English Churches - Ruined Abbeys
One of the great ruined Yorkshire Abbeys
Cistercians knew how to pick their sites and Rievaulx Abbey
is one of the best. It is a delightful setting on the River
Rye at the edge of a small village of attractive old stone
houses and set against steep wooded hillside. It is one of
the most complete and best preserved of the great Yorkshire
Abbeys and walking around the site it is possible to get an
impression of the size and magnificence.
The Abbey was founded in 1132 and was the first Cistercian Abbey in the north of England. It was intended as a base to spread the Christian message across the north of England and into Scotland. The remote location was ideal for the Cistercians who led a simple life of prayer and self sufficiency with as little contact with the outside world as possible.
The original buildings were very simple, wooden structures but were soon replaced by more substantial stone buildings. As the Abbey grew and became more wealthy the buildings were enlarged or replaced by more splendid buildings. Most of the buildings date from the 12th or 13th centuries although they were remodelled in the C14th.
After the Dissolution of the Monasteries, Henry ordered the buildings to be stripped of lead and other valuables. The ruins passed into the hands of the Duncombe Family who were responsible for the building of the terraces above the river bank with the two Grecian style temples, now in the care of the National Trust.
The site is dominated by the massive cruciform church, at the top of the site. The nave has been robbed out for building stone but the chancel and transepts although roofless, still stand to their full height, as does the refectory and one wall of the infirmary.
The chancel of the abbey is awe inspiring with its pointed arches and tall lancet windows with the remains of carving round them.
The lower parts of the transepts are Norman with round topped windows. Looking at the west wall, the join between the Norman and Early English periods is particularly noticeable. The north transept was built later as the top windows are more elaborate.
Only the chancel arch survives. Nothing is now left of the central tower. The foundations of walls of the nave and the square pillar bases are left. There are some medieval tiles at the west end.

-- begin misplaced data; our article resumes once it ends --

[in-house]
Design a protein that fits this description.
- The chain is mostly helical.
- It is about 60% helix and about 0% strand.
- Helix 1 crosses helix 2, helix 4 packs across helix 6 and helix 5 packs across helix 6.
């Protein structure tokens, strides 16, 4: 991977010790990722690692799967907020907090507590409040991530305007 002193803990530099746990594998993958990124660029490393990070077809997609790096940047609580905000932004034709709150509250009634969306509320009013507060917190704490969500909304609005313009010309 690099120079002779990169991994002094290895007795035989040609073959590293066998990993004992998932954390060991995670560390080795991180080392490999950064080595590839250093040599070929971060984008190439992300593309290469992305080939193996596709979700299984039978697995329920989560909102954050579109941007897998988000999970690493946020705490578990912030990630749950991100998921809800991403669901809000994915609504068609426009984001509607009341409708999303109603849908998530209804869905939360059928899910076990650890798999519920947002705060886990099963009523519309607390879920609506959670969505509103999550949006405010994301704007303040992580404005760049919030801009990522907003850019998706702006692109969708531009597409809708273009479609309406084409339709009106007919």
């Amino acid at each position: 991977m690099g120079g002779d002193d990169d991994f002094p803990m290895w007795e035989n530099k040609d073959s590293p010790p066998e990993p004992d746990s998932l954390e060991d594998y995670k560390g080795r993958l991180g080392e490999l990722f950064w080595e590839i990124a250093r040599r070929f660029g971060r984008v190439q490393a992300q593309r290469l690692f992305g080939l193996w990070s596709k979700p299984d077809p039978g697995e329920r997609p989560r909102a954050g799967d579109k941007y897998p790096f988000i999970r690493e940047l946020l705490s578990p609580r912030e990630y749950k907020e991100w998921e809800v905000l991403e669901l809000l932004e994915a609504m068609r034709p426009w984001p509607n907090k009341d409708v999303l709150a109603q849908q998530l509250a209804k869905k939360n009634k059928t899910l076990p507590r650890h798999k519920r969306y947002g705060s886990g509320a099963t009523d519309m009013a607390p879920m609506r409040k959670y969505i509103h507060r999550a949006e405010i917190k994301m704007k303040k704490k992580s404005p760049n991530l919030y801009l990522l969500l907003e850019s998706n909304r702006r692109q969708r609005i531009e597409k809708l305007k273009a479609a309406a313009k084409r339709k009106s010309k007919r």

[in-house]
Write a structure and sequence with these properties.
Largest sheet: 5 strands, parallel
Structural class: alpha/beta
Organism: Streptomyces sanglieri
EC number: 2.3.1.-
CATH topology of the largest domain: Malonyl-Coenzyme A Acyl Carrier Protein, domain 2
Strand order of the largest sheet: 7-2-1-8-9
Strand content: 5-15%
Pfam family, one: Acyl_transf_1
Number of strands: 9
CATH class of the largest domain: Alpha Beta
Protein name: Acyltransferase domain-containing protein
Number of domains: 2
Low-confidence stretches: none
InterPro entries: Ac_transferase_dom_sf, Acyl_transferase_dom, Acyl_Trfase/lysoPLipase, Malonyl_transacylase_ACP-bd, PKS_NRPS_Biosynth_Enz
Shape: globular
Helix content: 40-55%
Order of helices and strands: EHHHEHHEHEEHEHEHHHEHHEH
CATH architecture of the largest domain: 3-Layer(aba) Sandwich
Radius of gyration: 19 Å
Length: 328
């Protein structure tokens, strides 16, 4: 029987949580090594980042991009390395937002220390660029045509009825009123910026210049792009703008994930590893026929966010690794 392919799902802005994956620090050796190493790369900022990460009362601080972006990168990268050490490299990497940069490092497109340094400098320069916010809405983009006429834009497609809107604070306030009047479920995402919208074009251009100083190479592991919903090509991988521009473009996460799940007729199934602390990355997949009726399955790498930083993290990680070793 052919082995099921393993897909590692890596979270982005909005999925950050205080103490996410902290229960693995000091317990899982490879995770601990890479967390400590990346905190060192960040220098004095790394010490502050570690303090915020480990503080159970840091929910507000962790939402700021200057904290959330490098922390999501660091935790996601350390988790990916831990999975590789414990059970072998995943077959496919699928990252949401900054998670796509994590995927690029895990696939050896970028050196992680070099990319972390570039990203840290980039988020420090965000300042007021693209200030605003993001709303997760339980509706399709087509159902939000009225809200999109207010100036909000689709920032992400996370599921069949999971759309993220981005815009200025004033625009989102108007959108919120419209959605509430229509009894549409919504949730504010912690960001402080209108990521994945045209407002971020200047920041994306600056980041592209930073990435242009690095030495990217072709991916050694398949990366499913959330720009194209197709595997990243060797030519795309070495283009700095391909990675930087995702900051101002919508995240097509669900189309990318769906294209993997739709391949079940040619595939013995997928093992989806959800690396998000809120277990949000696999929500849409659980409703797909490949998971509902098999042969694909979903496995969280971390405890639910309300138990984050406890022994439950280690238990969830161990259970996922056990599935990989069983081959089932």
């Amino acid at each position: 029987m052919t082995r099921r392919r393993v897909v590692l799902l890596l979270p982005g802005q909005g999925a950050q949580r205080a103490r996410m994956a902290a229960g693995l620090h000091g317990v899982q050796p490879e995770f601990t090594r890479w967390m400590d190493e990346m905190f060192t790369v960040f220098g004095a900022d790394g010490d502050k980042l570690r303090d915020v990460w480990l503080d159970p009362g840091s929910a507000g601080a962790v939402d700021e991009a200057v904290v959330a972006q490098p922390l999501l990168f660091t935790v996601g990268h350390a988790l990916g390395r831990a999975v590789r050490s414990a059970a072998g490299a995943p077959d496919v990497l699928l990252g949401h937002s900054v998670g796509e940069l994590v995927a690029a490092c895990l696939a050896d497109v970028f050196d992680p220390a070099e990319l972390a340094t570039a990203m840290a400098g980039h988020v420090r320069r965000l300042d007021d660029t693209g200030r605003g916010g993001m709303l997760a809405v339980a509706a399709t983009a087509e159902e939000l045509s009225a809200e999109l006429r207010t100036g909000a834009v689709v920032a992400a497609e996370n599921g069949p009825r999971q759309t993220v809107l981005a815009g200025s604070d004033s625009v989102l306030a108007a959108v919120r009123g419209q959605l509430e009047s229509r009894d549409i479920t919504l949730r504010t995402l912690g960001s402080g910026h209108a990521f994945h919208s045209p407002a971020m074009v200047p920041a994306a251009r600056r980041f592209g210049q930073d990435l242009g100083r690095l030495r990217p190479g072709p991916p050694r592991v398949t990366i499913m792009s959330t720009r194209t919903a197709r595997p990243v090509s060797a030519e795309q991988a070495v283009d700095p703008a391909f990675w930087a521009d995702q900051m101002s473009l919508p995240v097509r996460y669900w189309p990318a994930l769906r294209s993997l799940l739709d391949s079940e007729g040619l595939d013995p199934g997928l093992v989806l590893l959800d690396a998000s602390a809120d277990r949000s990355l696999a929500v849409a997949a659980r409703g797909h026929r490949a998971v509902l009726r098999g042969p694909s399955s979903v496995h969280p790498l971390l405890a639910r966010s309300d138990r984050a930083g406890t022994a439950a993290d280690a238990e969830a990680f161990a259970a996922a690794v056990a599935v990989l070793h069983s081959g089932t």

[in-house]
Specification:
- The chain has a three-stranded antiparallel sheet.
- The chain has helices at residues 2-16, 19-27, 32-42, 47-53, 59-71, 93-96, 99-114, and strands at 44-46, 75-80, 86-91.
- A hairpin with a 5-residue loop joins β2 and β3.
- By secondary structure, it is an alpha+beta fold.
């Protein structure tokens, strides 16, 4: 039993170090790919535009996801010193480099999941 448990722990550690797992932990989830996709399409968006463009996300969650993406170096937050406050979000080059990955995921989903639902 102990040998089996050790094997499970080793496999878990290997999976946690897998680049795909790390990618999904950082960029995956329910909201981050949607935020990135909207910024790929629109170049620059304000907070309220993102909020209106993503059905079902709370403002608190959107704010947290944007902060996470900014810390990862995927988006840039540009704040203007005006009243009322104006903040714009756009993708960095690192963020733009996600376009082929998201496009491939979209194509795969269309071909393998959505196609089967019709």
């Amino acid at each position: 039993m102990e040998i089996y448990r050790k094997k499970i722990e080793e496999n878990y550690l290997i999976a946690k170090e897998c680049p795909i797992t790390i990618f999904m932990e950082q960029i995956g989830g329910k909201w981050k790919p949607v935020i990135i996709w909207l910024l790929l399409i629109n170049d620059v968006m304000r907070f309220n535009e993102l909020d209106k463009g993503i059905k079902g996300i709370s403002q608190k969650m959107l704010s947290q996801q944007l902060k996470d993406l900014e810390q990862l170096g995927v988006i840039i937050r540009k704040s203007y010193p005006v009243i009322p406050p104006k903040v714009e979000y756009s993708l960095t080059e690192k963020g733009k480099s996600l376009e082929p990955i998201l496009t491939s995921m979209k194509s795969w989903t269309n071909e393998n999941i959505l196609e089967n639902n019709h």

The cloisters are off the south wall of the nave. Not a lot is left, apart from the central grassy square and a small section of arcading with double pillars with carved capitals and low round arches. The blind arcading on the south wall can be seen outside the refectory.
To the west of the refectory were the kitchens and the base of the ovens can still be seen. The refectory is now an empty shell but was originally a very tall building with tall lancet windows with blind arcading round them.
Beneath it was the undercroft with the remains of the vaults.
Next to the refectory was the warming house still with the brick base and back of the fireplace. On the far side, steps lead down into the day room with a big fireplace and the remains of a central pillar supporting the roof. The monks dormitory was above it.
Beyond it is the smaller infirmary cloister with a bit of reconstructed arcading.
All that remains of the infirmary is an outer Norman wall. Steps lead up to a doorway with the remains of a carving above.
The apsidal chapter house was on the east wall of the Cloisters. Now just the foundations remain, with grave slabs in the floor. By the entrance is the remains of the shrine of Abbot William 11331-45.
Beyond the infirmary buildings is a rabbit warren of rooms with low walls and steps. These include the Abbot’s kitchens, complete with drains, cistern and fireplaces.
The main drain still runs under the infirmary and day room.
There is an audio guide to the site and the information boards are designed for use with the audio guide. They identify the different buildings but there is no information about them. We felt this was a major omission and not using the audio guide, would have welcomed more information around the site.
I think this is our favourite of all the great Yorkshire Abbeys. It is a delightful site, a lovely place to drop out in the sunshine and dream as there are plenty of seats or picnic tables around the site. Even on a dull misty day it is still atmospheric. There is a museum with information about the abbey and the monks, covering farming as well as archaeological finds from around the site. There is a small shop and the tea room has excellent cakes.
There is a charge of £4 to park but this is refundable when visiting the abbey. Alternatively, collect a free ticket from the ticket office when entering.
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